Data Sources Matter - A Case Study of the Dwarf Seahorse

Cooperative Research Unit Corner

Data Sources Matter - A Case Study of the Dwarf Seahorse

Seahorses are facing global population declines due to a combination of overfishing, habitat loss, and habitat degradation regularly occurring along densely inhabited coastal areas. However, conservation of these unique and charismatic species is often hindered by a poor understanding of their distribution and habitat requirements. Collaborators at the USGS Hawai’i Cooperative Fishery Research Unit, Texas Tech University, and Texas Parks and Wildlife are assessing the status of Dwarf Seahorse (Hippocampus zosterae) on the Texas coast. The goal of the research is to identify the locations of suitable habitat to target conservation efforts, and researchers have found that when conducting such work, data sources matter.

Photo of Dwarf Seahorse (Hippocampus zosterae) in the palm of a hand, taken at Redfish Bay, Aransas Pass, Texas in November 2015

Corralling Data

Dwarf Seahorse is among the smallest seahorse species, reaching a maximum length of about 2 cm. They have been considered a candidate for federal protection due to population declines in Florida, however little is known of their distribution, population status, or habitat requirements in Texas.

To be able to conserve imperiled species, managers first must understand where they occur. This task can be challenging in estuarine systems since distributions are expected to change due to increased coastal development and climate change impacts. Species distribution models (SDMs) provide one method to map ranges of estuarine species by relating observations of occurrences with underlying environmental factors. By characterizing the habitats where individuals of a species are known to occur, SDMs enable prediction of where else in the world suitable habitats may exist. Importantly, SDMs utilize data from past collections and do not require any harm or further collections, especially of imperiled species.

As they began working on developing models for Dwarf Seahorse, researchers discovered that different data sources varied in quality and resulting model outputs. Where the data is obtained can play an important role in how the models perform, thereby affecting the management actions taken.

Little Seahorses, Big Discrepancies

In the case of Dwarf Seahorse, researchers wanted to use environmental data on nitrates, temperature, salinity, light, current, and location of boat ramps to predict suitable habitat, but while gathering occurrence data, they discovered different source data types existed.

Occurrence data were obtained from both the Texas Parks and Wildlife Department (TPWD) and Fishes of Texas Database (FoTx). Given that FoTx relies on self-reporting, usually from various research projects, it is termed an “opportunistic” dataset. However, records provided by TPWD derive from long-term standardized, randomly-distributed surveys, termed “systematic.”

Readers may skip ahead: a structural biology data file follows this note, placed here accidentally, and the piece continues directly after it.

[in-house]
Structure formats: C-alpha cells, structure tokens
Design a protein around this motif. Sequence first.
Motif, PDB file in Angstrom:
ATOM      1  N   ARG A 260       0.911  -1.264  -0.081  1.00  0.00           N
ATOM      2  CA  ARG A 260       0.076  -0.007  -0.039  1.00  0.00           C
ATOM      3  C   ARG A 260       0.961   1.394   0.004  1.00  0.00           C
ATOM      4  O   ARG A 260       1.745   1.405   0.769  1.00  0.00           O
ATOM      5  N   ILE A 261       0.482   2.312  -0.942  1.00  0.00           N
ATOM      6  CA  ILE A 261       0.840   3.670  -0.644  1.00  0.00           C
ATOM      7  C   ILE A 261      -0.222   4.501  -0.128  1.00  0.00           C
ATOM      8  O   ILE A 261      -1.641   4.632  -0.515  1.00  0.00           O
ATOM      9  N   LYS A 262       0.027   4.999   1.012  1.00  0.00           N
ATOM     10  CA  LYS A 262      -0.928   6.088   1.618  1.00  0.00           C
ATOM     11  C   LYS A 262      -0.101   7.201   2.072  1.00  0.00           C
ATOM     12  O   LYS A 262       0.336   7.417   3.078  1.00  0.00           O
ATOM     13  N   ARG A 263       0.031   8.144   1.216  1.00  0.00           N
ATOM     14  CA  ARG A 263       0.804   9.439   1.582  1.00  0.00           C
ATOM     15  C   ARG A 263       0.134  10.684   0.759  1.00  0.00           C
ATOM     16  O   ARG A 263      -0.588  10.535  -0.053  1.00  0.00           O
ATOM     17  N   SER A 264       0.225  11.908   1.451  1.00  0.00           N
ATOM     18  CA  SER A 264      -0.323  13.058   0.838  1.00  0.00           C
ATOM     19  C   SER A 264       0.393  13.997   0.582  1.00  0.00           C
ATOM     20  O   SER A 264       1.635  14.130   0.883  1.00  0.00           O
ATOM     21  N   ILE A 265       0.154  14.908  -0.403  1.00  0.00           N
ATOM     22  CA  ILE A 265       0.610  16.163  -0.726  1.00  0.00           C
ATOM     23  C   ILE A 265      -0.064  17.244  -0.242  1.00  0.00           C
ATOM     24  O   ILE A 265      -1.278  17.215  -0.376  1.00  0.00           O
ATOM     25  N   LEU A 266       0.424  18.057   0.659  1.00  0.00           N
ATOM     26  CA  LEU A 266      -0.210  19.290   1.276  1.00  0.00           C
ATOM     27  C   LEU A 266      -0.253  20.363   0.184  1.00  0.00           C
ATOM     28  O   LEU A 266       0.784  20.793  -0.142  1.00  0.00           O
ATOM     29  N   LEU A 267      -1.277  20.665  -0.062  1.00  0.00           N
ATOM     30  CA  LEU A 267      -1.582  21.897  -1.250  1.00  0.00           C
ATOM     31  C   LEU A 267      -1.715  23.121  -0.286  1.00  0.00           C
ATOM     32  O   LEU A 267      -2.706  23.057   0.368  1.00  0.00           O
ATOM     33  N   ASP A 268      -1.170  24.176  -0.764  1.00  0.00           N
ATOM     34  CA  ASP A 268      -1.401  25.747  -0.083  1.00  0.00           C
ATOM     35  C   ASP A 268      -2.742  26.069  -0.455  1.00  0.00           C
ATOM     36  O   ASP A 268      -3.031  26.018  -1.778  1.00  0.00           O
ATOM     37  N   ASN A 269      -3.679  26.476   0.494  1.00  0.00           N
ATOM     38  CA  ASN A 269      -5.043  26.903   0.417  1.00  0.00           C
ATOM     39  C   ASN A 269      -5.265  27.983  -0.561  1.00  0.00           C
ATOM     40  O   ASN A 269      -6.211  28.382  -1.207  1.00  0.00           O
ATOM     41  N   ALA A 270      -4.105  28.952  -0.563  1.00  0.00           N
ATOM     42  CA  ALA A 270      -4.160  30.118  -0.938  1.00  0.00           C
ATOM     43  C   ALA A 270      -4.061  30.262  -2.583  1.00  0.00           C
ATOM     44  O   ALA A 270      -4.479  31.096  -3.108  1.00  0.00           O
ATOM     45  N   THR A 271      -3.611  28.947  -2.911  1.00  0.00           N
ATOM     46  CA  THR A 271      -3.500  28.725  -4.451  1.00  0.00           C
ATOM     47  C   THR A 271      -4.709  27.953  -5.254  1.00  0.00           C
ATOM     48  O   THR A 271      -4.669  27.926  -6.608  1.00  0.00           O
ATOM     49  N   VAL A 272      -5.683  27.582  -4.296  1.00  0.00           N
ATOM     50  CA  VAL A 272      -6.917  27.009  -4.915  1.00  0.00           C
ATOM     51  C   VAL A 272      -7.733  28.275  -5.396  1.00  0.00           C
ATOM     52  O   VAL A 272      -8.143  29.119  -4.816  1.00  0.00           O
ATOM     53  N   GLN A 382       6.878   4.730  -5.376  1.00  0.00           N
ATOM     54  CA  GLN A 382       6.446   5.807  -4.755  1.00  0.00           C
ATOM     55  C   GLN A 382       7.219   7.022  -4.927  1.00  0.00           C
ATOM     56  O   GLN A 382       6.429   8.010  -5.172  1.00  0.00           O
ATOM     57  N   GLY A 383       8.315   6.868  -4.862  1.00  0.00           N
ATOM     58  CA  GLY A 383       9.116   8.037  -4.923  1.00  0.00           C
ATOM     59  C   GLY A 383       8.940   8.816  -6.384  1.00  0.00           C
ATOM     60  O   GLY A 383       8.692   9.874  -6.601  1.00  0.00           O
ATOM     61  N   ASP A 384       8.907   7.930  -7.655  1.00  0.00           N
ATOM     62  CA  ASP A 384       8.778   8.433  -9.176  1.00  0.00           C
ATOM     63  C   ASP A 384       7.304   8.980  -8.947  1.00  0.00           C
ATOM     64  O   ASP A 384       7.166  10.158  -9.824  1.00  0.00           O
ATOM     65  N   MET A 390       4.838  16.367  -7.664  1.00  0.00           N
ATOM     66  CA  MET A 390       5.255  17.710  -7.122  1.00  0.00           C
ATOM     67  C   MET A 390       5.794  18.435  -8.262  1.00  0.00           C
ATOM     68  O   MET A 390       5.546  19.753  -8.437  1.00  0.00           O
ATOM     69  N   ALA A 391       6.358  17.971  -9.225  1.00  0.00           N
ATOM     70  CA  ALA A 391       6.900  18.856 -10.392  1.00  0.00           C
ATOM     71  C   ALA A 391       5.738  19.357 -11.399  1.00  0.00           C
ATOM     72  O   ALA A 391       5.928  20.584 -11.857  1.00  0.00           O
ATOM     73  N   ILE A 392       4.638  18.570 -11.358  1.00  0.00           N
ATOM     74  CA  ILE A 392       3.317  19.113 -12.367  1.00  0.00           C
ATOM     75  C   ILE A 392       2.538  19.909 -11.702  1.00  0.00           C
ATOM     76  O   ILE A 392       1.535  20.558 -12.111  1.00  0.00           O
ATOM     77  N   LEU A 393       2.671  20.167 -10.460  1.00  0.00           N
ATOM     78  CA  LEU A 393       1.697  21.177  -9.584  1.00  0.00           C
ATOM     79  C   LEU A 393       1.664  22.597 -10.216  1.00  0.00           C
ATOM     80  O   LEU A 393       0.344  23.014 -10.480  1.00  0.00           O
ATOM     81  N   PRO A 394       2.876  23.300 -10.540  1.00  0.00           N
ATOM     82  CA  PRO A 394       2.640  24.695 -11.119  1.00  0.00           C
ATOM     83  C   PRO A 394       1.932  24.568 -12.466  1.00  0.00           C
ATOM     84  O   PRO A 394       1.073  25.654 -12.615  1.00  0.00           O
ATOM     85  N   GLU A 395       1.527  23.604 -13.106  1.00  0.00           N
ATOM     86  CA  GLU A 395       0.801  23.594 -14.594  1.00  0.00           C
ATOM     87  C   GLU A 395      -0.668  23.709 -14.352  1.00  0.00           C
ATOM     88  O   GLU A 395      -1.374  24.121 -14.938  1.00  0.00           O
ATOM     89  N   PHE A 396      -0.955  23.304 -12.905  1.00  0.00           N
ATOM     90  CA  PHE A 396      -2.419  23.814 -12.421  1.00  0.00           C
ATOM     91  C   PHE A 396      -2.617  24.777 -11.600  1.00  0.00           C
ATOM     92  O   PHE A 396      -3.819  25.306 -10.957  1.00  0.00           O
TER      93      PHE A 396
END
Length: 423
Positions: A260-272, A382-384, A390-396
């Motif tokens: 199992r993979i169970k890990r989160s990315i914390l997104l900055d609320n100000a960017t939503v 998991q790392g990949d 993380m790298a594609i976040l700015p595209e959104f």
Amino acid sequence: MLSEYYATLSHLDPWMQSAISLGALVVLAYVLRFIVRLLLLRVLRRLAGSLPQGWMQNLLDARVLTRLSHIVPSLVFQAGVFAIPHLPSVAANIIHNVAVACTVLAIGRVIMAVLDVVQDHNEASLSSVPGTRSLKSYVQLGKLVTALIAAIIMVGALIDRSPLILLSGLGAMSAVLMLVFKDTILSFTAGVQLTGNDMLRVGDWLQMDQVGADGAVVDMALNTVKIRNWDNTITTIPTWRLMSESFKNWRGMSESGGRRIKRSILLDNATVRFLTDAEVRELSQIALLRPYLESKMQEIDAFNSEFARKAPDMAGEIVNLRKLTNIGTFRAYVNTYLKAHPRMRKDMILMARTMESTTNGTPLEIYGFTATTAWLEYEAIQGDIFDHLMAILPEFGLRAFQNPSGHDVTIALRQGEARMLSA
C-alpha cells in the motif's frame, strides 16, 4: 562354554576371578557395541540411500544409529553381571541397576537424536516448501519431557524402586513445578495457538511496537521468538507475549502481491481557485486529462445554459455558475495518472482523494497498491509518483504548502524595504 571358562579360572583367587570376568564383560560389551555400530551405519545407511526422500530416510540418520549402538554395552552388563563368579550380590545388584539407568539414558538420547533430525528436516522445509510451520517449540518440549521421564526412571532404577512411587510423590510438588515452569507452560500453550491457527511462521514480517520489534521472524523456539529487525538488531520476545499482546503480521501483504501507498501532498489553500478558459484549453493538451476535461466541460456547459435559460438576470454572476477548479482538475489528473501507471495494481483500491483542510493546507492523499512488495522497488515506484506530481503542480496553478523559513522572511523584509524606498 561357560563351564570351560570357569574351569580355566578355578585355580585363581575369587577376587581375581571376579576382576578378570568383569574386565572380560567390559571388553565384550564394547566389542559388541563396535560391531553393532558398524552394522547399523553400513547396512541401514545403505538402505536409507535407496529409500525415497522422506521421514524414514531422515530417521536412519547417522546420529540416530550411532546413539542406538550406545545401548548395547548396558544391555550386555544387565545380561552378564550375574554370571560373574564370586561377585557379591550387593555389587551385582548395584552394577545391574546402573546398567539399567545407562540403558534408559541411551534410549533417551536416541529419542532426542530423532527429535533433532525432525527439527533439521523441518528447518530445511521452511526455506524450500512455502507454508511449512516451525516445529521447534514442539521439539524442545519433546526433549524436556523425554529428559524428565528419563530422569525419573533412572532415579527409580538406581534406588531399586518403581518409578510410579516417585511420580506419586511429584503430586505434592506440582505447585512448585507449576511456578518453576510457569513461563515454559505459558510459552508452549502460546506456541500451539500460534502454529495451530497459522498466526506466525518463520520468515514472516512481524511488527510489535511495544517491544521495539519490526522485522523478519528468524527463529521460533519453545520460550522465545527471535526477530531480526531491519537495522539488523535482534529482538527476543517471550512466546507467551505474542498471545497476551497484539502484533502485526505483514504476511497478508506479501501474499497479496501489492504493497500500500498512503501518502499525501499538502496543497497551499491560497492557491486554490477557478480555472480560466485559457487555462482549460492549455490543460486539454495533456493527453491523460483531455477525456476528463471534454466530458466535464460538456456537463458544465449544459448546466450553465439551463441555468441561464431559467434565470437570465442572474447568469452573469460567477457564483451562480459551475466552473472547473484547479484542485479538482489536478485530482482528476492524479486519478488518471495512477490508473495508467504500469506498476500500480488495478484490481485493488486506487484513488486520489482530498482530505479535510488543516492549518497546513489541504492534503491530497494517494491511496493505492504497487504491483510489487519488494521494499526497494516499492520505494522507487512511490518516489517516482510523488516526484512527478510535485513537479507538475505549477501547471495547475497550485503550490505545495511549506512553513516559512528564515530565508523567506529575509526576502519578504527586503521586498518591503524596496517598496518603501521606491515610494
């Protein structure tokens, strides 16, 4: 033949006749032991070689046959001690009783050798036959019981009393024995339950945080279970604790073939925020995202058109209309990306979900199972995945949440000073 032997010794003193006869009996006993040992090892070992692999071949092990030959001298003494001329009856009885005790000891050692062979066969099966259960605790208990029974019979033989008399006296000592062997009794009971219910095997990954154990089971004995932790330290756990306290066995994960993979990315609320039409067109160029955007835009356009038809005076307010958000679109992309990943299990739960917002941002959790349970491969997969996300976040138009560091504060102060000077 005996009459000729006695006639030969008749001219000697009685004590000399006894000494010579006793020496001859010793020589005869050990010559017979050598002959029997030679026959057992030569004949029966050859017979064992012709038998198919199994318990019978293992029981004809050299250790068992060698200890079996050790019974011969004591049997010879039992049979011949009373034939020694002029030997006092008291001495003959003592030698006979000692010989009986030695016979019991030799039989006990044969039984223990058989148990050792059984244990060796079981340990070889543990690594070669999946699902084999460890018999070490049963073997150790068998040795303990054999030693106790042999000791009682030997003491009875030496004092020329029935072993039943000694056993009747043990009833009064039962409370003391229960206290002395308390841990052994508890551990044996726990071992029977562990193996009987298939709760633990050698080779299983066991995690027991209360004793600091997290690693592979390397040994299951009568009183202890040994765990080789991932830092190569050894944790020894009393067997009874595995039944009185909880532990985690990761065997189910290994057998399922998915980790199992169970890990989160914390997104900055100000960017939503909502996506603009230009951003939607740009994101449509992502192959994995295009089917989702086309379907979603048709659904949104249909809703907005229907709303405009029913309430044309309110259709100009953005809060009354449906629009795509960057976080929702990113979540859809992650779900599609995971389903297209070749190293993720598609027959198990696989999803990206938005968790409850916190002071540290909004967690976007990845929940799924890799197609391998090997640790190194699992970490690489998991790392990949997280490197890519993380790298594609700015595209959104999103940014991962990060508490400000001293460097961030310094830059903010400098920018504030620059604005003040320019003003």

From Maps to Management

Although the FoTx data had stronger predictive performance, these data were more haphazardly collected than TPWD, so the resulting model may not depict the full seahorse distribution. Consequently, the choice of where to obtain occurrence data can change the predicted suitable habitat and eventually how Dwarf Seahorse is managed.

Understanding the implications of which data type is chosen will give insight on more accurate seahorse population trends and aid in developing conservation strategies, especially for the Texas population. Anthropogenic influences on Gulf Coast habitats have fragmented the traditional ranges of many other coastal species, including numerous species of economic, ecological, or other management importance. Investigating distributions, particularly in the face of a changing climate, can display changing trends in populations and identify causes for declines, which aid in developing conservation strategies for coastal wetland species.

Bigger than Dwarf Seahorses

In her ongoing research, Elizabeth Roesler, a doctoral student at the Texas Tech University, will continue to analyze how distribution results change while using other estuarine species to promote conservation and management in the Gulf Coast as well as other coastal ecosystems. The same research techniques will be applied to a diverse group of species with a variety of characteristics, such as large-bodied vs. small-bodied, long- vs. short-lived, and vagile vs. dispersal-limited, to determine how these characteristics influence the model performances and affect the habitat use and range of estuarine species. Her research will produce results useful to fisheries managers, conservationists, and other users of SDMs by comparing alternative types of occurrence data across different species.

The ONB features articles from Cooperative Fish and Wildlife Research Units across the country. Working with key cooperators, including WMI, Units are leading exciting, new, fish and wildlife research projects that we believe our readers will appreciate reading about. This article was written by: Tim Grabowski, Unit Leader, Hawaiʻi Cooperative Fishery Research Unit, Elizabeth Roesler, Department of Natural Resources Management at Texas Tech University, Fernando Martinez-Andrade, Texas Parks and Wildlife Department, Coastal Fisheries Division, and Matthew Barnes, Department of Natural Resources Management, Texas Tech University.

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July 13, 2018